If you keep the density the same and make the Earth larger, say 8 times the mass, so twice the diameter. The tidal force the Moon exerts on our new super-earth would be 16 times greater but the gravity on the surface of the Earth just twice as much. What that means is that by making the planet larger, the Moon actually moves away faster. The larger (but equal density) planet should slow down at roughly an equal rate but as the Moon moves away that rate would slow down.

Some of the math on tides gets confusing for me. The inverse tidal force that moves moons away from planets drops off significantly with distance. The tidal force drops off with the cube of the distance. The force from the tidal bulge may drop off even faster than that because the angle decreases with distance, (I would guess it drops off by the 4th power), so, as the Moon's distance from the Earth doubles, the speed it moves away drops by (roughly), 16 times. (((I think))).

So, if you make the Earth 8 times as massive, and twice the radius, the tidal force increases by 16, but if the Moon moves twice as far, the tidal force drops by 16, which is kind of neat that it cancels out. The distance to gravity ratio, assuming the Moon doesn't change and the planet's density doesn't change, is 1 to 1, which is what I'd expect.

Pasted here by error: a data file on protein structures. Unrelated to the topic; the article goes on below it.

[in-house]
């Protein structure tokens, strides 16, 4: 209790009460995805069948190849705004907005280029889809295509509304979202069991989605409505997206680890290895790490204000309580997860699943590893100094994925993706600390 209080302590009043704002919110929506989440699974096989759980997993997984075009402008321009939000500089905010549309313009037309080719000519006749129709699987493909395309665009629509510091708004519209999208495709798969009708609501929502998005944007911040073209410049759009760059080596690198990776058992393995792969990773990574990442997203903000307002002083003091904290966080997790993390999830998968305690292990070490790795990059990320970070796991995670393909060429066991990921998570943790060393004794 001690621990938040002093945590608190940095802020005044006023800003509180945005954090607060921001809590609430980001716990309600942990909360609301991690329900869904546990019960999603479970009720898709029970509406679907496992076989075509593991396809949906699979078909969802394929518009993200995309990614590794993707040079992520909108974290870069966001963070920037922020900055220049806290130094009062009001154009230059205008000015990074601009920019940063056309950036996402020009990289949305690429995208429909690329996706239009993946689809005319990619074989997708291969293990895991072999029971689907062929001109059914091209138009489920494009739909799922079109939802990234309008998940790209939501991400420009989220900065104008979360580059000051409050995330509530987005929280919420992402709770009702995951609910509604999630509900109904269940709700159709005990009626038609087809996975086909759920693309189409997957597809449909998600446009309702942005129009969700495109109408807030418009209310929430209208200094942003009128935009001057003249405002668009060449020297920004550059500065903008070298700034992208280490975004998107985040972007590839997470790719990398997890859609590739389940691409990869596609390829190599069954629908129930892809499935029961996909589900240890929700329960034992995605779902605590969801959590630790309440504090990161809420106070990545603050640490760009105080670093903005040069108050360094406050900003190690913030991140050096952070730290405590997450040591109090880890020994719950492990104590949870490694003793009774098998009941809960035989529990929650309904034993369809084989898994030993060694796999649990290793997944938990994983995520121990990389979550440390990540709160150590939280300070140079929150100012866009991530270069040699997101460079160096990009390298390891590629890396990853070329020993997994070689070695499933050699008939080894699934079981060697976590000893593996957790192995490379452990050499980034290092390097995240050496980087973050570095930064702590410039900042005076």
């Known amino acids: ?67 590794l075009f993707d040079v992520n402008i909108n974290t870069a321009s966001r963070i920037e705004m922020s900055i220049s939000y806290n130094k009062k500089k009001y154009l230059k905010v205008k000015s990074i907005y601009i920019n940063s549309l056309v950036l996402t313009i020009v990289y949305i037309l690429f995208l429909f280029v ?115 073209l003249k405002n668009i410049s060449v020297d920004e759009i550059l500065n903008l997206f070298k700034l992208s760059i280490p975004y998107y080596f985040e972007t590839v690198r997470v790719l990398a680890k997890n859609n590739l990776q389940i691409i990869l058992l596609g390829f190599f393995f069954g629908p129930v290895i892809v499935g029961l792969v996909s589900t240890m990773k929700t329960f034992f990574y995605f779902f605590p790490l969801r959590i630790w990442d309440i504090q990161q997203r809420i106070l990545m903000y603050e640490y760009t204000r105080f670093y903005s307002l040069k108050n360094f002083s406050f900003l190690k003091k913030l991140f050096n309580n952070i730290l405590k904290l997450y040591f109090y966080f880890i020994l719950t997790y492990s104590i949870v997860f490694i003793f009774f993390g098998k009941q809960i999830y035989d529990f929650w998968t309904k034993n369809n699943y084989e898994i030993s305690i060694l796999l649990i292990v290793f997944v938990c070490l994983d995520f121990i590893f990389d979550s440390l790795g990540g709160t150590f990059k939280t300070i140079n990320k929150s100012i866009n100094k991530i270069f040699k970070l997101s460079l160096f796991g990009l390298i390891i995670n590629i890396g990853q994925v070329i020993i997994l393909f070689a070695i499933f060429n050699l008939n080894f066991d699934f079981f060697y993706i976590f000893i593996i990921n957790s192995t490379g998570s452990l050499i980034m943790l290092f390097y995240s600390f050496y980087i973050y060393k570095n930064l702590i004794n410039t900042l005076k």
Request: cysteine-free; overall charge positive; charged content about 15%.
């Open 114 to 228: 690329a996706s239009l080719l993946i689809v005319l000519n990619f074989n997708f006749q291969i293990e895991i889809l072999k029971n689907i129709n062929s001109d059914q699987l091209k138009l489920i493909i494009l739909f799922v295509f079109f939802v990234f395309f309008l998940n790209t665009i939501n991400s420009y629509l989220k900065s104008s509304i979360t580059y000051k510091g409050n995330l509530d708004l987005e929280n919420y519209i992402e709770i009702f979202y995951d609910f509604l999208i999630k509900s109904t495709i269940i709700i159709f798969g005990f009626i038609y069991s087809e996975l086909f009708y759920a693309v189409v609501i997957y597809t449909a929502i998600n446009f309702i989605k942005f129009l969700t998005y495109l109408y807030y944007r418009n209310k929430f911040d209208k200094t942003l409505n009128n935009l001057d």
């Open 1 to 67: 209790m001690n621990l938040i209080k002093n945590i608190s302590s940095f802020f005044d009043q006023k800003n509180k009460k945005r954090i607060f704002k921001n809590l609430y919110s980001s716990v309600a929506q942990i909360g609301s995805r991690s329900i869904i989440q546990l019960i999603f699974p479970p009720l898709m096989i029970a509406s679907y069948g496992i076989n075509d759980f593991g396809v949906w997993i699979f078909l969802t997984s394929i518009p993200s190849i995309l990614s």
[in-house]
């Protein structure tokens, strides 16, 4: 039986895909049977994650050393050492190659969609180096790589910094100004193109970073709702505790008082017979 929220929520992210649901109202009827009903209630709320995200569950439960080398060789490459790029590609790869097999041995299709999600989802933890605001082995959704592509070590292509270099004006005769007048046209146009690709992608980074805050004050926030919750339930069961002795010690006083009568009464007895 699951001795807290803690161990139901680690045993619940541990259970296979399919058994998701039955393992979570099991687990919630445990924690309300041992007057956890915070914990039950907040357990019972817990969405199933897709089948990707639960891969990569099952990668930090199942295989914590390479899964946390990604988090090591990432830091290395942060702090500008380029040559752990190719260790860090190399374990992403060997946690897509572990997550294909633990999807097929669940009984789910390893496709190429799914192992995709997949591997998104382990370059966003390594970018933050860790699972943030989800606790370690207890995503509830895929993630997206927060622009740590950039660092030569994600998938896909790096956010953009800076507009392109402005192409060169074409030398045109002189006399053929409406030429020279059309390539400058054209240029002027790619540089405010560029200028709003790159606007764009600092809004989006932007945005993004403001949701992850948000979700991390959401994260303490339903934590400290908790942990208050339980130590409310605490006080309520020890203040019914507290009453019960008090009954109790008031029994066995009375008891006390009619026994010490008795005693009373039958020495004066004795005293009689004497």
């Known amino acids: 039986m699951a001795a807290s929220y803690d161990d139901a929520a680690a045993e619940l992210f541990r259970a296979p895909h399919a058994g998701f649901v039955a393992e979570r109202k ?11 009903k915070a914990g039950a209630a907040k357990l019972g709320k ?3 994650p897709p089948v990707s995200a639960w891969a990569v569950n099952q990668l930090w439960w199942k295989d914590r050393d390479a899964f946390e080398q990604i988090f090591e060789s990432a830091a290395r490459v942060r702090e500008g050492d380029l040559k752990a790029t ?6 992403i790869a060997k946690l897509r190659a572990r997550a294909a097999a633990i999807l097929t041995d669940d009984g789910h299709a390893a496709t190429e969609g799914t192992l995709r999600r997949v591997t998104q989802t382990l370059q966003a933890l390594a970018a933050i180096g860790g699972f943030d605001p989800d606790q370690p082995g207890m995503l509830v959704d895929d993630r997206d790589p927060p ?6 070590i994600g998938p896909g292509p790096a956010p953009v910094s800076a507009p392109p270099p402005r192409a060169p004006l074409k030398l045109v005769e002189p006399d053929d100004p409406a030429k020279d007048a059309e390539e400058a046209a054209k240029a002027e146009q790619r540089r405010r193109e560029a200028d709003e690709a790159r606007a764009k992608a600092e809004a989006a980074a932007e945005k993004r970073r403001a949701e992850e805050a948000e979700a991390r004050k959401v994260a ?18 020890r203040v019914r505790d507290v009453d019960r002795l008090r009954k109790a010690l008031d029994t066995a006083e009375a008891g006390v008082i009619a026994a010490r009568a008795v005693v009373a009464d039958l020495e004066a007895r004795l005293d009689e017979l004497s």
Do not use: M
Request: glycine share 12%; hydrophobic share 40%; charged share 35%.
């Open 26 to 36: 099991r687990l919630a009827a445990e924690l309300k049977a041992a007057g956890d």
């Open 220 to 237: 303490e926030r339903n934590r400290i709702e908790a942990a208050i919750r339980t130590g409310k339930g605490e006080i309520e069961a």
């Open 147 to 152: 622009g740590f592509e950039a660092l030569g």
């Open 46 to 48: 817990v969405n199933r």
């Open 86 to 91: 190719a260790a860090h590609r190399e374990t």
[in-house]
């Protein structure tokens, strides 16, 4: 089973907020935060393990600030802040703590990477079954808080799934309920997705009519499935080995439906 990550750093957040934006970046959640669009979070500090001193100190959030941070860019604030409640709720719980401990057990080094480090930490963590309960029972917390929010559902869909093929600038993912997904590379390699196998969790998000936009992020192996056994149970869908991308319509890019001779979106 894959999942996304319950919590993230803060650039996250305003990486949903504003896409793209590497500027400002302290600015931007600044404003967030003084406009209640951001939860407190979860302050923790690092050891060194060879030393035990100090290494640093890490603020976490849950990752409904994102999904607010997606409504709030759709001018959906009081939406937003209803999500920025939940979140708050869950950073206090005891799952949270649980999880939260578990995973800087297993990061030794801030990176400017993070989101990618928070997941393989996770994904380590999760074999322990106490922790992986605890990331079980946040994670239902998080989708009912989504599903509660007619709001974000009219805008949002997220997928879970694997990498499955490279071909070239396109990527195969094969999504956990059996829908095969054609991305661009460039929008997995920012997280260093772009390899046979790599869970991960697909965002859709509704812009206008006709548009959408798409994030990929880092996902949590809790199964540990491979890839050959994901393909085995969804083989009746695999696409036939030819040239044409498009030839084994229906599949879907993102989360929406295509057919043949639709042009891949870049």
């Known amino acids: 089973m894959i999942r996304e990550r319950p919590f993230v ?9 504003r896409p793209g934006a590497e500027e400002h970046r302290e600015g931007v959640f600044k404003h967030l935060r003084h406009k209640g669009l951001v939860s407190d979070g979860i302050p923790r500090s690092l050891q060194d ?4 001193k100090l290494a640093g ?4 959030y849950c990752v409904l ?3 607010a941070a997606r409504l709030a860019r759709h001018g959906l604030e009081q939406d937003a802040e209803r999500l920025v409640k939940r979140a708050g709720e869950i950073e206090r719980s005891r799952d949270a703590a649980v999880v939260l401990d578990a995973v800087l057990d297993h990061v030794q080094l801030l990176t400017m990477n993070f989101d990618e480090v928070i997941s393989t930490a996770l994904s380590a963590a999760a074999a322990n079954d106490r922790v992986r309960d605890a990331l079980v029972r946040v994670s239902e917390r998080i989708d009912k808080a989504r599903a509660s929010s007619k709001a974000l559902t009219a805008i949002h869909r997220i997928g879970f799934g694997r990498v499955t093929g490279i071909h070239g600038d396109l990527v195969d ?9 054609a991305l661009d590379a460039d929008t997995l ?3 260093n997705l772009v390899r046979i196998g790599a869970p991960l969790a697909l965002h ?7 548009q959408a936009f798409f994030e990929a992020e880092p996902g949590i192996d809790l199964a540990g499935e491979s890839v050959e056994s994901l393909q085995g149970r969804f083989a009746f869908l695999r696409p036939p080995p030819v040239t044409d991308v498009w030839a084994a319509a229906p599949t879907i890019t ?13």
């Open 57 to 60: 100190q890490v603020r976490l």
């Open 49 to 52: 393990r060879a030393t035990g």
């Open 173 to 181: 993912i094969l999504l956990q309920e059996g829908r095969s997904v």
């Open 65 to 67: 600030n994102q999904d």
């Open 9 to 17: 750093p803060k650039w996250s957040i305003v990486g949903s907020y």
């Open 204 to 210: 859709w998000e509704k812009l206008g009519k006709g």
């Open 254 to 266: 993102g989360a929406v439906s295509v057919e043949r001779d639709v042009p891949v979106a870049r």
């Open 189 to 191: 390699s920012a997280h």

That's probably longer than it should be and it probably needs a lot of clean-up, but I need to call it a day, so I'll look at this tomorrow.

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  • $\begingroup$ Thanks for this great answer! On the schema, is it the sun or the moon that you picture as the small disc? $\endgroup$ – J. Chomel Jan 8 '18 at 15:47
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    $\begingroup$ I copied the picture from a website, so it's not mine, but in the picture it's the sun (yes they got the size wrong, I know), but for the mathematical formula it doesn't matter, it's only the distances that are represented by "R", "d" etc. That are needed for the formula. You could cross out sun and write moon and the picture still works. $\endgroup$ – userLTK Jan 8 '18 at 16:33
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    $\begingroup$ Excellent answer of the first question, very detailed and an interesting read! I will select the other answer, since it includes the second question. I'm embarrassed that it wasn't obvious to me that the satellite can only be ejected by the influence of a 3rd body, or that the final state would be based only on the system's initial angular momentum with everything else only affecting time frame. Thanks! I did know there are land tides. So while solids/viscous liquids would take longer to rebound, the tides wouldn't be as high in the first place, which is why they wouldn't get "farther ahead"? $\endgroup$ – user1410910 Jan 26 '18 at 10:55